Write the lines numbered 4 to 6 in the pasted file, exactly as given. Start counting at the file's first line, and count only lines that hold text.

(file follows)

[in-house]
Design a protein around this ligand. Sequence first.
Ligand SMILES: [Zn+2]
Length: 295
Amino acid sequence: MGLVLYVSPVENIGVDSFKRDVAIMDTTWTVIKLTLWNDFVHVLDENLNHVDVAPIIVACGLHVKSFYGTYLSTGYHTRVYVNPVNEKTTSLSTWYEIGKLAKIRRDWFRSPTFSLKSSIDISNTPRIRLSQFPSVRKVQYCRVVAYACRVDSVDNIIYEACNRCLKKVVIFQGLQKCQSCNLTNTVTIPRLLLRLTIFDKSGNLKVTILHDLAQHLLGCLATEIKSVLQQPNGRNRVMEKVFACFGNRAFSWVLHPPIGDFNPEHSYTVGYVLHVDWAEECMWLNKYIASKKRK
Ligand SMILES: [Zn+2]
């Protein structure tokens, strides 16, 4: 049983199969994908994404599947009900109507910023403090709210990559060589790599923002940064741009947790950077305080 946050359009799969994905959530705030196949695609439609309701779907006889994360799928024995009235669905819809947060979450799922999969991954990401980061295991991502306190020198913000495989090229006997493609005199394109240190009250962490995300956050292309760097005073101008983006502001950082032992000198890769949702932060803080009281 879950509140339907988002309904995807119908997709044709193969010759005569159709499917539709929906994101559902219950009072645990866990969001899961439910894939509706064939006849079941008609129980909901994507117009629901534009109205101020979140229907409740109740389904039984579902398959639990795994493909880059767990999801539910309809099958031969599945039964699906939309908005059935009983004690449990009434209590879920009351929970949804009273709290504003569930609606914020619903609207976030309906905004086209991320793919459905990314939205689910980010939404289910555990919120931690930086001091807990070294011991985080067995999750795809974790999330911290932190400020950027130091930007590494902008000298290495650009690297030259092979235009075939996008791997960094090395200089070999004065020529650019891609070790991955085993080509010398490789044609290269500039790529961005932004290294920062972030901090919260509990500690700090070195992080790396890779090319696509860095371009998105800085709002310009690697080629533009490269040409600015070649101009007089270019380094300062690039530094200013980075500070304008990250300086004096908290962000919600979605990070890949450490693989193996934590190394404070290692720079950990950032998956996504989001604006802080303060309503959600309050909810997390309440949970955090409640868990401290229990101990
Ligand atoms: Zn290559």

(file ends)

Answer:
Length: 295
Amino acid sequence: MGLVLYVSPVENIGVDSFKRDVAIMDTTWTVIKLTLWNDFVHVLDENLNHVDVAPIIVACGLHVKSFYGTYLSTGYHTRVYVNPVNEKTTSLSTWYEIGKLAKIRRDWFRSPTFSLKSSIDISNTPRIRLSQFPSVRKVQYCRVVAYACRVDSVDNIIYEACNRCLKKVVIFQGLQKCQSCNLTNTVTIPRLLLRLTIFDKSGNLKVTILHDLAQHLLGCLATEIKSVLQQPNGRNRVMEKVFACFGNRAFSWVLHPPIGDFNPEHSYTVGYVLHVDWAEECMWLNKYIASKKRK
Ligand SMILES: [Zn+2]